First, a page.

But today, we’re picking back up with how to be proactive and get more loads.
8. Hunt! While load boards are a great way to pick up the odd load here and there, they aren’t a source of sustainable income. Building relationships with shippers will not only bring you more consistent work, but higher-paying work. As we mentioned previously, asking for referrals is one way to make these connections, but ultimately you’ll have to sell yourself...by making sales calls!
But don’t just make calls willy-nilly. Focus your energy by looking at local industry associations in the industries you’d like to work and target their member companies. For example, if you drive a reefer truck and want to work with a grocery store, target members of the National Grocers Association. Get in touch with the person in charge of shipping, and build a relationship. Set up meetings, send them a letter, email them a flyer. In short, romance them. Building a relationship like this will take time, but the end result will be far more satisfying and profitable than living load-to-load or using a load board.
9. Improve Your Customer Service: Maintaining good communication is one way to ensure happy clients. An app for quick Check Calls can help keep the lines of communication open between driver, dispatch, and client, without delaying the driver at all.
Another way to improve your customer service is by offering flexible billing and payment options. Naturally, everyone is eager to get paid as soon as the load is delivered, which is understandable. After all you’ve just fronted hundreds of dollars worth of fuel to fulfill the order. However, if you’ve established an emergency fund, you can be more flexible about accepting payments 60 or 90 days after delivery, without putting a strain on your finances.
10. Provide Accurate Estimates: Quoting a customer for one amount and then billing them for a higher amount is a surefire way to shatter your credibility and squash any budding relationship between you and that client.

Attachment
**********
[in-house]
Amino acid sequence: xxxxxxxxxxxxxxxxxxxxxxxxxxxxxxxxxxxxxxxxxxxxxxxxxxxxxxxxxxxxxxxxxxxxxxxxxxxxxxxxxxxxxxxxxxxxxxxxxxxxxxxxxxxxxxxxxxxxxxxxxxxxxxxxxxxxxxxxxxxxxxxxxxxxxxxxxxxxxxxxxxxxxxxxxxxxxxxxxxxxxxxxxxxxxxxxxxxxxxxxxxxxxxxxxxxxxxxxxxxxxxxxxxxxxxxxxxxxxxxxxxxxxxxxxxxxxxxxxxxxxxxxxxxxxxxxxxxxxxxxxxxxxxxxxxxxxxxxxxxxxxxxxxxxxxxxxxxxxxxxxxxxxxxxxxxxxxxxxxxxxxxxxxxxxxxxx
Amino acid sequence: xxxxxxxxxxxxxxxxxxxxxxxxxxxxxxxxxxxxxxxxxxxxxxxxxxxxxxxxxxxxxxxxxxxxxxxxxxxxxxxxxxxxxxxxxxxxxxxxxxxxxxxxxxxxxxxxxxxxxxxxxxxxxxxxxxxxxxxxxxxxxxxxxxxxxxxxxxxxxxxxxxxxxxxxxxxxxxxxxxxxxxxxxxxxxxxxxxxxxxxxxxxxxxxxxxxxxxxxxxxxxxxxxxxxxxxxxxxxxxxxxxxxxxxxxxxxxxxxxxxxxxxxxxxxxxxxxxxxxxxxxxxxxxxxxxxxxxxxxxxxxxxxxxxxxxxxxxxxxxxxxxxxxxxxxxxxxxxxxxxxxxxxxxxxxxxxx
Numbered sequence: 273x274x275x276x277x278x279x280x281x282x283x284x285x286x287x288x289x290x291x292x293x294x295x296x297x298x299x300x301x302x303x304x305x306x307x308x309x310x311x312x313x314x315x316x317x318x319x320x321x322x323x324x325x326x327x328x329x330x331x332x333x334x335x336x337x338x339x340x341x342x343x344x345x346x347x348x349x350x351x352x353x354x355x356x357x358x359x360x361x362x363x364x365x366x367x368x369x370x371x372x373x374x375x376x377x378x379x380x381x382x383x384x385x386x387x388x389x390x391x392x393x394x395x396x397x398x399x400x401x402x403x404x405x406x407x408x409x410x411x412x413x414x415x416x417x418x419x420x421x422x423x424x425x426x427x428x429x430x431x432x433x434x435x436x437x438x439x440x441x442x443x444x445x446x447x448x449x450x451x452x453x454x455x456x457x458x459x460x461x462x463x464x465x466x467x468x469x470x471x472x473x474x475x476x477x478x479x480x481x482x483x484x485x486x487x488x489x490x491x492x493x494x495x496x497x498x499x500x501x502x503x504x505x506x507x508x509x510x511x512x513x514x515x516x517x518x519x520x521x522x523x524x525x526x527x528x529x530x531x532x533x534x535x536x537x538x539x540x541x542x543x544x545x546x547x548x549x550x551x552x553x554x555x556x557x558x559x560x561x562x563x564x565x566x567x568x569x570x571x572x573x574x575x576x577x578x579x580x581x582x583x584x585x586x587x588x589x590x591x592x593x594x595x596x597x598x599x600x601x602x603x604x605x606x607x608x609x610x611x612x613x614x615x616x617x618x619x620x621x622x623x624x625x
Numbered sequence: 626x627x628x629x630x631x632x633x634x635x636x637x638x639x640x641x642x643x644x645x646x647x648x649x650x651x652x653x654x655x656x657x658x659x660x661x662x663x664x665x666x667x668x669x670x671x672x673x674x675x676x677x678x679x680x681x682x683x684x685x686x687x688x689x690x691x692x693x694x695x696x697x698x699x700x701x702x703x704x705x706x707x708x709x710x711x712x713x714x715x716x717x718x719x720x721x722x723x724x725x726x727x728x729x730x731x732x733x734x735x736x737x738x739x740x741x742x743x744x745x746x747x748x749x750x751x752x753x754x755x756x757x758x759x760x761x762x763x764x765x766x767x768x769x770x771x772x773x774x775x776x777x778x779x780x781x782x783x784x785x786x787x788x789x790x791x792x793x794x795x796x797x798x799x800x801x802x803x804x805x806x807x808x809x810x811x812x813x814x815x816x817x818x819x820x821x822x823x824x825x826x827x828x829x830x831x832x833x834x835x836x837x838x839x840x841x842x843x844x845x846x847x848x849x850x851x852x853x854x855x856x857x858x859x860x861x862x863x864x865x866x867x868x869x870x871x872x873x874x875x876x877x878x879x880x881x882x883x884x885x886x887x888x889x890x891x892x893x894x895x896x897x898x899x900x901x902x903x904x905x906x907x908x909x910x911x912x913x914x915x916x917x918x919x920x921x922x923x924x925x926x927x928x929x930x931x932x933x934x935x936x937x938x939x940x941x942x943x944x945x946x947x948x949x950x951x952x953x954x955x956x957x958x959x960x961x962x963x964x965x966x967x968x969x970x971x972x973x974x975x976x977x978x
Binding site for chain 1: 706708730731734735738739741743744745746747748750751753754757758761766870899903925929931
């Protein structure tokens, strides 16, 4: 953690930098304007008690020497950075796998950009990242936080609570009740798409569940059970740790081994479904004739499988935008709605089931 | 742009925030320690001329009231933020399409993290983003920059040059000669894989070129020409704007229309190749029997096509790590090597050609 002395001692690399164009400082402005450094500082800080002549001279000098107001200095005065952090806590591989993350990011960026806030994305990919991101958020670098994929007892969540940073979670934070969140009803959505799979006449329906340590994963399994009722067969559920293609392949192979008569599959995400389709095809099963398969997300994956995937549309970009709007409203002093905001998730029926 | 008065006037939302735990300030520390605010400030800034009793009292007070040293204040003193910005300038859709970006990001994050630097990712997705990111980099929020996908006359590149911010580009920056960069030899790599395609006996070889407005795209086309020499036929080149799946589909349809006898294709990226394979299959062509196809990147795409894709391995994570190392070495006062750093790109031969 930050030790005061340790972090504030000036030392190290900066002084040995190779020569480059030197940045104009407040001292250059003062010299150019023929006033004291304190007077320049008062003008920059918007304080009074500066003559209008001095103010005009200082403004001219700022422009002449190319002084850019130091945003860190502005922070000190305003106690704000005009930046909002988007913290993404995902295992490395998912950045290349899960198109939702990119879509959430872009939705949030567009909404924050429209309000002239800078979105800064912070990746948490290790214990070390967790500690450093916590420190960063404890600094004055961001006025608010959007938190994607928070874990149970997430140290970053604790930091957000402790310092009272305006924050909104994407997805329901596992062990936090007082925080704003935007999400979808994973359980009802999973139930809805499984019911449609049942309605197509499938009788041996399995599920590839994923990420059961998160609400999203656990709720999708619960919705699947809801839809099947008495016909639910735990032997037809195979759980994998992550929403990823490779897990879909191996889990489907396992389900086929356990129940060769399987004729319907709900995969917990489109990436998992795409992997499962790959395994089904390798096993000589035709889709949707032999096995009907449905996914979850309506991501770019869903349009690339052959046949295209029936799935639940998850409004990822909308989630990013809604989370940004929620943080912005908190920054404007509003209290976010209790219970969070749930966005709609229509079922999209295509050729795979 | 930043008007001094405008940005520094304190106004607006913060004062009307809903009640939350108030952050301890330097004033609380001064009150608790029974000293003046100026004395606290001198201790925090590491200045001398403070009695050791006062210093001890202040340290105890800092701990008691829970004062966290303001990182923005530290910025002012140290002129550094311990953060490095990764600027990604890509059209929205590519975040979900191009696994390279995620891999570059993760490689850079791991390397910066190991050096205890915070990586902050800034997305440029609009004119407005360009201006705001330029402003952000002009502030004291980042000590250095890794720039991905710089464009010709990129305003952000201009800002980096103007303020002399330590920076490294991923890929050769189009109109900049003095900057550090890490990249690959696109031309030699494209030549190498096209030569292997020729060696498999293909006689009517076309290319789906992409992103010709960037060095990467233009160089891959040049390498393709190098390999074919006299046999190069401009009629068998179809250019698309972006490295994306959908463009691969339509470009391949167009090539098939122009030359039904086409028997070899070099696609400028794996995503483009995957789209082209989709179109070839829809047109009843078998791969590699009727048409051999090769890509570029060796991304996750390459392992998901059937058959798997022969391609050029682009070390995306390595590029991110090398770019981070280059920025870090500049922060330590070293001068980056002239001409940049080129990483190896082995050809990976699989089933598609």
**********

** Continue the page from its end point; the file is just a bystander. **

Oh, and one last thing. When creating your estimate, be sure to incorporate a FSC fee that makes you profitable on the trip there and back again with an empty truck, just in case you don’t get a load coming back.
11. Establish Strong Relationships with your Drivers: When building relationships remember, it’s not always about the client. If you are a fleet manager, having strong connections with your drivers is equally important. And yet again, communication is key. Drivers don’t appreciate being micro-managed (which is almost impossible anyway), so make it easy for them to communicate with you and your clients.
Finally, be sure you pay your drivers promptly and correctly, especially if you didn’t pay them a FSC upfront. Rather than using a separate accounting program, using business management software with driver pay built-in will again help you reduce wasteful data entry and streamline your payroll process significantly.
12. Deliver On-Time: Easier said than done, I know. Stuff happens, and there’s only so much you can do to prevent it. But whatever you can do to prevent it: do it! Using a program like ProMiles is clearly one way to ensure on-time delivery, but regular maintenance (see below) is another. If you’re on-top of maintenance, you greatly diminish the chances of breaking down (or getting a ticket!).
13. Pay Your Dues: We’ve already discussed paying drivers on time- very important! But it’s equally important to pay all of your bills and taxes on time. Falling behind on HVUT, IFTA, or IRP will not only accumulate unnecessary expenses in the form of penalties, it will also put your reputation at stake. Non-compliance is a serious offense, and it may result in your operating authority being revoked. Word gets around about these things, so tread carefully.
14. Be Diligent about Maintenance: Again your compliance is at stake here, so this isn’t just a matter of reputation, but a matter of safety. To ensure you complete maintenance tasks in a timely manner, use a program that offers automatic reminders for upcoming tasks. TruckLogics allows you to set the reminder once, and you then receive reminders every time after based on time passing or your odometer readings. This way, the maintenance process is entirely automated, and not dependent upon your memory. (And let’s face it, you have enough on your mind already!)
Altogether, these 14 habits form a roadmap for a successful transportation business. These are the kinds of things you knew you needed to do when you started, but maybe lost touch with over time. Being busy and sleep deprived can have that effect.
So take the time to review these 14 tips and regroup yourself. Which of these habits have you already solidly incorporated into your daily operations? In what areas do you need to improve? After you’ve taken stock, spend some time creating a plan of action, and then, start grinding! Streamline your daily processes and maximize your trucking business to start reaching the levels of success you've always dreamed of!